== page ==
Different teams have different approaches and value these outcomes quite differently as we will see further down.

The team around Oliver Pitsch at Trusted Shops isn’t too much concerned about having something tangilbe in hand at the end of the sprint: “For us the outcome always would be rough-edge prototypes that work for the Friday Interviews. Nothing to really built out afterwards. What the real outcome was Alignment in the team about the product/feature we would not be working towards. We will also get to this aspect in a minute.

At IFM in Essen, Germany, UX designer Guido Schröder and his agile team actually use a lightweight “design sprint” in order to come up with interaction design concepts for specific (!) user epics. “We then take these concepts and do a ‘design and engineering workshop’ with the product owner and developers. Those colleagues then give their product and engineering critique to validate the concepts against their requirements and feasibility.” says Guido.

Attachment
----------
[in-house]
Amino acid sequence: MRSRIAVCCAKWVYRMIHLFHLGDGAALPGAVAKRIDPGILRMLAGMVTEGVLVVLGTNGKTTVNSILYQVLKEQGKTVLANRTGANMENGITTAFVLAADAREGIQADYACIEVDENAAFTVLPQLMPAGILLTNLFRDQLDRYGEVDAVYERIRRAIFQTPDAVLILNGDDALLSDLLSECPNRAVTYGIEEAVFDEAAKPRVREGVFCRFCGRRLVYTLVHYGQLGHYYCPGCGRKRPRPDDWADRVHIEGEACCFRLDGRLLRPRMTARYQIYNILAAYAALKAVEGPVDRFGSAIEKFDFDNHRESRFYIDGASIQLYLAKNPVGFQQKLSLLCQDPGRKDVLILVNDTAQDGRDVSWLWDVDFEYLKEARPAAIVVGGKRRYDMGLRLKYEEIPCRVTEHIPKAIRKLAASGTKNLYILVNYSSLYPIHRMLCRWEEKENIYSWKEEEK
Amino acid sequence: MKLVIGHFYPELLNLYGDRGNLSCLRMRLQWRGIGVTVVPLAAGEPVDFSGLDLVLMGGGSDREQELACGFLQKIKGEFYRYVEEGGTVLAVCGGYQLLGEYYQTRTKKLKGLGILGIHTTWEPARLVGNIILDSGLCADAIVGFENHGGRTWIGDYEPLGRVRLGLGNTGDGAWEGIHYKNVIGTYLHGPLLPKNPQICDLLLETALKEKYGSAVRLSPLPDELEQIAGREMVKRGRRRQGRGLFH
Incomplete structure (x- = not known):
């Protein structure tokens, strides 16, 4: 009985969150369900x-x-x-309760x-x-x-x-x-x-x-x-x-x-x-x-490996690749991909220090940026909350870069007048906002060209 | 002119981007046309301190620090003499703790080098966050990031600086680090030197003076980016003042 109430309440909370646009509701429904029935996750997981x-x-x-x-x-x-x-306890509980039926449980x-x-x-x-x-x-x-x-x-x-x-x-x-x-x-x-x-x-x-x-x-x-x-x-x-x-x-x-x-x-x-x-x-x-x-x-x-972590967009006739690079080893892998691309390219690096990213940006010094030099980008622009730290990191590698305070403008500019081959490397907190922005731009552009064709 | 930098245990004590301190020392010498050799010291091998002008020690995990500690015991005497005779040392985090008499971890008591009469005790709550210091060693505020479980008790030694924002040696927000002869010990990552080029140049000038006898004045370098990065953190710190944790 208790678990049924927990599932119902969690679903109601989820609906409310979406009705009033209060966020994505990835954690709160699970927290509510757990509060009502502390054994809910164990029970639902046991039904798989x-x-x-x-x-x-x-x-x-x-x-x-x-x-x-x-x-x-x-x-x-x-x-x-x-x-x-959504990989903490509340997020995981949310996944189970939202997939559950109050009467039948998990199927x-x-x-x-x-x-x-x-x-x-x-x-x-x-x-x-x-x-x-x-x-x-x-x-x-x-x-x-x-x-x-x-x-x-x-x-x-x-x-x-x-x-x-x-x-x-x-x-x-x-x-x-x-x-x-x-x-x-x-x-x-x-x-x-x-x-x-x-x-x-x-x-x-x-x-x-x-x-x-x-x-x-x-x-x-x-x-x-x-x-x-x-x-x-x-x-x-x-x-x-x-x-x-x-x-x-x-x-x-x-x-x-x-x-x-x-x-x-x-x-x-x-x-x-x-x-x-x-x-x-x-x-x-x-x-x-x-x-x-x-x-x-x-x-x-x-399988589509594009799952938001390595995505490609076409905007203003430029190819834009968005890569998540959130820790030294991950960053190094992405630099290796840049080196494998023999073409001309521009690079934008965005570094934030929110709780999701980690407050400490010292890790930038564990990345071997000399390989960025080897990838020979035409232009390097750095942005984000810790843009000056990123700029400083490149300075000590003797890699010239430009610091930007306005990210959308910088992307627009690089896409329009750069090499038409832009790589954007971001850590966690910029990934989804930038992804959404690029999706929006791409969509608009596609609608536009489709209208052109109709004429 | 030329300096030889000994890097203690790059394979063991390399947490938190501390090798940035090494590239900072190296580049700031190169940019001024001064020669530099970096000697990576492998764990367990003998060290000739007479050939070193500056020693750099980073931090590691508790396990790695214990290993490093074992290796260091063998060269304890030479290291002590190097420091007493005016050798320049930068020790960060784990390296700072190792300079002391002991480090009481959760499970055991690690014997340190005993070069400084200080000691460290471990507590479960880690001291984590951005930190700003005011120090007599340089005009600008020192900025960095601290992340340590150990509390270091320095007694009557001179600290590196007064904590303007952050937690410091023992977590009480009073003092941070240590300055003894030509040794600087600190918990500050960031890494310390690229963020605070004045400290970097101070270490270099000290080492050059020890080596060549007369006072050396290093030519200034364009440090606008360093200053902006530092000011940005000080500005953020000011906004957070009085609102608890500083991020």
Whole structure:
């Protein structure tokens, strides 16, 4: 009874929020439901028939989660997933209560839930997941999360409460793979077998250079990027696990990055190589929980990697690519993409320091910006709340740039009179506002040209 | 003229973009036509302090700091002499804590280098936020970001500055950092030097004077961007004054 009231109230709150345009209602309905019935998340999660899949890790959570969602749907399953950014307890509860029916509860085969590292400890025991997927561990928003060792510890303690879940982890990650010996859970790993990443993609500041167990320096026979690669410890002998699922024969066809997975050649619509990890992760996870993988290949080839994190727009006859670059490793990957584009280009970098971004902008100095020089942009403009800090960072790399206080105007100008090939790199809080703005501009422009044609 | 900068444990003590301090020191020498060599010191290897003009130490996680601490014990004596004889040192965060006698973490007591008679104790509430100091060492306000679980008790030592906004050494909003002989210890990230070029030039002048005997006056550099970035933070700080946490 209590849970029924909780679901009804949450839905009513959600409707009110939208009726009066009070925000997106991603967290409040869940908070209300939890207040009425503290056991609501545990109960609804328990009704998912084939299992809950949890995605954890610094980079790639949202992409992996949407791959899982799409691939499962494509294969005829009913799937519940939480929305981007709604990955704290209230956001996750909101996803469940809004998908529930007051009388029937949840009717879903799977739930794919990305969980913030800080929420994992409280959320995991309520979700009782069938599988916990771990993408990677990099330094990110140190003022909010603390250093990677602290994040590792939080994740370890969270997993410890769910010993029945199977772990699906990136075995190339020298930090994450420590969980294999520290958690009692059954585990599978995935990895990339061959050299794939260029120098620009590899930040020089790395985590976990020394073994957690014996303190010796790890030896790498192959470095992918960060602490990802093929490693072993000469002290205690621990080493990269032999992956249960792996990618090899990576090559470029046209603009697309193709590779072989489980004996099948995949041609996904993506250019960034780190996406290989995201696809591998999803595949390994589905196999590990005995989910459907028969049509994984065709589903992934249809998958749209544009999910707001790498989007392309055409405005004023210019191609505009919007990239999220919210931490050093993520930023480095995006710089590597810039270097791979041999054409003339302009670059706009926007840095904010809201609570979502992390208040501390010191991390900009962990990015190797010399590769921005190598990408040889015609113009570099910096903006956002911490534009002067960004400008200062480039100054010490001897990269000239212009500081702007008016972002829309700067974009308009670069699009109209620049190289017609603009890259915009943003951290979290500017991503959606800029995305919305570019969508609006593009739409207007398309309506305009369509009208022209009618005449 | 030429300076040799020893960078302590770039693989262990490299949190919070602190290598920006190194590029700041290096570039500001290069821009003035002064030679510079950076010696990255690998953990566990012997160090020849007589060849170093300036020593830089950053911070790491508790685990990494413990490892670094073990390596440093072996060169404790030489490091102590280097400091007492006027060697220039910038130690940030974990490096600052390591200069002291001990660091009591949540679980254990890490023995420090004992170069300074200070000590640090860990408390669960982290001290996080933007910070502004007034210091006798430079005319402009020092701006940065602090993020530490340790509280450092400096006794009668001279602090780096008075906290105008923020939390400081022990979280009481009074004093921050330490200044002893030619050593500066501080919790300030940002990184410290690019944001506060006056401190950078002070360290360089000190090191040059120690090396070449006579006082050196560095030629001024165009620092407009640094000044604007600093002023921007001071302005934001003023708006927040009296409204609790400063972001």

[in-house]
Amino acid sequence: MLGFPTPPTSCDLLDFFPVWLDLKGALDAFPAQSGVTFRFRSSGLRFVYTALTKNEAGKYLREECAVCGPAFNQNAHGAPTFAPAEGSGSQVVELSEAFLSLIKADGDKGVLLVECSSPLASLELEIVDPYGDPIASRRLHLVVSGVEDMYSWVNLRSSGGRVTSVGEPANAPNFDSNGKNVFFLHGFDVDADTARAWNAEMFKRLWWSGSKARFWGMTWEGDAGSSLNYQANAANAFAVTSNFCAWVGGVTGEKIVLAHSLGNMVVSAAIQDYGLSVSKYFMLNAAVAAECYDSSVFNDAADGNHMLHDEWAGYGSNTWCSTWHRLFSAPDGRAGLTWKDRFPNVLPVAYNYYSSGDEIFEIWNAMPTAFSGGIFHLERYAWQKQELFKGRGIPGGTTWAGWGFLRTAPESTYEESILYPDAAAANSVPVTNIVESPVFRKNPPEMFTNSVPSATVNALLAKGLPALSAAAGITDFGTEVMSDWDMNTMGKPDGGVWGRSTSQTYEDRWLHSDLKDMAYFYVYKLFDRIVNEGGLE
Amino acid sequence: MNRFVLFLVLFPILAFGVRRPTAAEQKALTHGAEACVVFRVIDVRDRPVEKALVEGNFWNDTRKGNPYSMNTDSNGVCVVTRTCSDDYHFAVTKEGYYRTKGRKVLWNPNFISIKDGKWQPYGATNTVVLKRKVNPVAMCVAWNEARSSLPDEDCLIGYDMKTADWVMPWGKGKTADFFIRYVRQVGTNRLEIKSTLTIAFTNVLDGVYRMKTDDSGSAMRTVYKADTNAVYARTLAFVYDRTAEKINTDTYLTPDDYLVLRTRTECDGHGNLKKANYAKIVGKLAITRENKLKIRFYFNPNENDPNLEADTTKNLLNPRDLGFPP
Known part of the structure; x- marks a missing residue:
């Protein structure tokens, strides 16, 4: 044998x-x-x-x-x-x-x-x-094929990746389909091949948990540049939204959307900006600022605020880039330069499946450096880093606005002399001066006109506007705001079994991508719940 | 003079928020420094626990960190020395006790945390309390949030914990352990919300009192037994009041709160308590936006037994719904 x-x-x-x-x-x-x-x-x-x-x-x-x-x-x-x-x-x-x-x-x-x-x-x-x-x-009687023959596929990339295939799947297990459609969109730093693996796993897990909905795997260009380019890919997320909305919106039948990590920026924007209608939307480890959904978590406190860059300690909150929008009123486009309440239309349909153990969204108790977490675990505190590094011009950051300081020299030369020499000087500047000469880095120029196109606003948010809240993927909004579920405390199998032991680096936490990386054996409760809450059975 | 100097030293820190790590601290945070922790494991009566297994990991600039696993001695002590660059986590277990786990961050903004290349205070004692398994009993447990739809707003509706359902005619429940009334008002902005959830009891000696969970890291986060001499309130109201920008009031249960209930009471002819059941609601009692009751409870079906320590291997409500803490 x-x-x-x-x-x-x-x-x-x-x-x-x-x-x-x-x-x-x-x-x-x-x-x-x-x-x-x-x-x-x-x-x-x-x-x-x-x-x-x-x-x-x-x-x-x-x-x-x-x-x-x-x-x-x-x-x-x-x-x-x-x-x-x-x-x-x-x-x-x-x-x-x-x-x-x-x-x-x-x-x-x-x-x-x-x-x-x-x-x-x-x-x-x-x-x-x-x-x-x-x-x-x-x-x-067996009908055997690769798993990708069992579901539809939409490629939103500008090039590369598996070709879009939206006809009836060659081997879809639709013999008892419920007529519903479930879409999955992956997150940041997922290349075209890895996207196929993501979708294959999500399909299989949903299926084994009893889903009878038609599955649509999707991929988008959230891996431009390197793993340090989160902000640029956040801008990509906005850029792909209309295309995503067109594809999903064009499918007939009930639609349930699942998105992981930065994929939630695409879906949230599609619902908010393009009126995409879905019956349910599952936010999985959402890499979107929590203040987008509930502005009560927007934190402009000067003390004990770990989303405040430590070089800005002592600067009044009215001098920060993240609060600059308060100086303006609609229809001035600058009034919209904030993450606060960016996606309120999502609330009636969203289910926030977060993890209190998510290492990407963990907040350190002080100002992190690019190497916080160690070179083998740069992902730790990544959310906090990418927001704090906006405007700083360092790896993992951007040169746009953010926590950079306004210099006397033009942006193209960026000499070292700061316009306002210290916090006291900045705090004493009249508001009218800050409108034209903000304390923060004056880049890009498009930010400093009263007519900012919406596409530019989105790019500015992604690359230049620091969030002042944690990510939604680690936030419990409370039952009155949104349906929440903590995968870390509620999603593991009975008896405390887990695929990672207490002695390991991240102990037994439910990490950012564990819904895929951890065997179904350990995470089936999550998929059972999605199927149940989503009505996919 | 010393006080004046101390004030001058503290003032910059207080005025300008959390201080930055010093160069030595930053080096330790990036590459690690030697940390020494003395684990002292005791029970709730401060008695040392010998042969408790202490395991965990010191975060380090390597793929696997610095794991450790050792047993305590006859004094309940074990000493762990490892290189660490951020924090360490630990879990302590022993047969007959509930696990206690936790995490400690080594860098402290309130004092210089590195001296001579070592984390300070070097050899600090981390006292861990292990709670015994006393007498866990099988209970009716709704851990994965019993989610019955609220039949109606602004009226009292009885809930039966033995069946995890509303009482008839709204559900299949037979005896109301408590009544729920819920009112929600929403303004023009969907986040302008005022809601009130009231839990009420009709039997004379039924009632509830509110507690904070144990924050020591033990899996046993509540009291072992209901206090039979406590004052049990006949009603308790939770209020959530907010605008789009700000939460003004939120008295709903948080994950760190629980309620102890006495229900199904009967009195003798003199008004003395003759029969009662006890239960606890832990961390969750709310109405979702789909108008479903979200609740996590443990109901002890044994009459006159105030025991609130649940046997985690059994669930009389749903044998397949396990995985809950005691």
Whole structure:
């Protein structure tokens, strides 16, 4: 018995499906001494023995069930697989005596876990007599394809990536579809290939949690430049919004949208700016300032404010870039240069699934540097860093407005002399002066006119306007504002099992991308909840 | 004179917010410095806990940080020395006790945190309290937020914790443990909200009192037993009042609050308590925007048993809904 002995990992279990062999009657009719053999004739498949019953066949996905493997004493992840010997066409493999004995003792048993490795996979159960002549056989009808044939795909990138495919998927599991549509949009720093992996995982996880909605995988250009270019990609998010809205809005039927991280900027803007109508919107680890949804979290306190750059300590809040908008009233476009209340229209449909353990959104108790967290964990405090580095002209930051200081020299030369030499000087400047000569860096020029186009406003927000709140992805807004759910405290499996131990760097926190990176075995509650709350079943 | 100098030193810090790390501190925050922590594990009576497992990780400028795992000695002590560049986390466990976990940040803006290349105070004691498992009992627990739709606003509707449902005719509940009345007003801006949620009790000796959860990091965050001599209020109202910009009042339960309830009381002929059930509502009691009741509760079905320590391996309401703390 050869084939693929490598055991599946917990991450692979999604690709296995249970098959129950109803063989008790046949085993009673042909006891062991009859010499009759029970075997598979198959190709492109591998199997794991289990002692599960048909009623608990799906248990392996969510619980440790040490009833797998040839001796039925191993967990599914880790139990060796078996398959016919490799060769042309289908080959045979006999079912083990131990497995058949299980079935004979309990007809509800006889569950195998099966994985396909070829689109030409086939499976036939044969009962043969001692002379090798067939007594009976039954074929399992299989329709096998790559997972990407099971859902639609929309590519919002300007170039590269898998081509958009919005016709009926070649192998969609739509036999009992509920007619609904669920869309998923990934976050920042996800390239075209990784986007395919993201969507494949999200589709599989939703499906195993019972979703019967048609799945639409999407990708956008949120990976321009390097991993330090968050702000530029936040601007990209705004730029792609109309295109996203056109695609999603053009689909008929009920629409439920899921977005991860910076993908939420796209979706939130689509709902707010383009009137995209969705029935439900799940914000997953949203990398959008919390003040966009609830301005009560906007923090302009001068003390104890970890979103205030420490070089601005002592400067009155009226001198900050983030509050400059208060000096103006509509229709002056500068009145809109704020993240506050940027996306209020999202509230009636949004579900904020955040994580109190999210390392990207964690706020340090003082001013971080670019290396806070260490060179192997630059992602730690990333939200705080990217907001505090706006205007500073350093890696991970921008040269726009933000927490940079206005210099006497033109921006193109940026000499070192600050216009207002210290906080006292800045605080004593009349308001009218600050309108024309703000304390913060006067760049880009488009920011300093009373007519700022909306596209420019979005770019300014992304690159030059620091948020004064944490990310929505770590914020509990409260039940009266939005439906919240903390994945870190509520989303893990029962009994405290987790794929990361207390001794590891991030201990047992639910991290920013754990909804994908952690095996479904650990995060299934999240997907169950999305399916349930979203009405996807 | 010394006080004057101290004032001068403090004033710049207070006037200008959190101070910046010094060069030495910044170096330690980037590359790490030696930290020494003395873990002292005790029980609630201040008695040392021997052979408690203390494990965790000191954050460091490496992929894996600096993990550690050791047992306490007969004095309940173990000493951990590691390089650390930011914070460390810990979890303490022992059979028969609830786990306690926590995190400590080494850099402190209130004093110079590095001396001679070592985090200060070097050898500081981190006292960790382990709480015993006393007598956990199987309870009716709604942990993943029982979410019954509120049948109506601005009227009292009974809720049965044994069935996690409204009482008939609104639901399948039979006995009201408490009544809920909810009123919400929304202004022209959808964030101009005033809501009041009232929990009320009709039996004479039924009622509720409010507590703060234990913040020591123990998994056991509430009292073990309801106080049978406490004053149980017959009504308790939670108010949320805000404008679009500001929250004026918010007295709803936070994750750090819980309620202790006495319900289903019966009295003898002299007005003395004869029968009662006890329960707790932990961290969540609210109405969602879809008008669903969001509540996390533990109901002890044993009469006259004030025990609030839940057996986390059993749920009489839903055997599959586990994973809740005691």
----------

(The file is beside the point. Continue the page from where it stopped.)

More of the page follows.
Testers, users or customers

In an ideal scenario, the testers who joined the sprint came out of the network or community your team or company already has. This would make it easier to acquire the same type or new testers for another testing session soon after. The team could test an improved version of the very same prototype with the same set of testers.

In our experience, a handful of testers who participated in the sprint testing won’t be available one or two weeks after the initial test. The only option here, therefore, is to recruit new users or customers. Not a bad thing, but more effort nonetheless.

The artefacts

What about the actual prototype, the thing that your team built (one way or another)?

Post-its are great but does their content survive the sprint?

If a prototype was tested negatively, the actual prototype can then act as reference material for any work that comes thereafter. If, though, all went well and the team got positive validation for a hypothesis, then that very prototype can, of course, be the source for any further development.

“Guido Schröder and his team actually use a lightweight design sprint in order to come up with interaction design concepts for specific user epics.”

It’s a given that, even if a testing session went well, the prototype needs much more work to clarify the initial assumptions, improve interactions or an adjustment of the use case. The part of the team that actually ran the testing session can welcome testers to join another round of testing one or two weeks thereafter.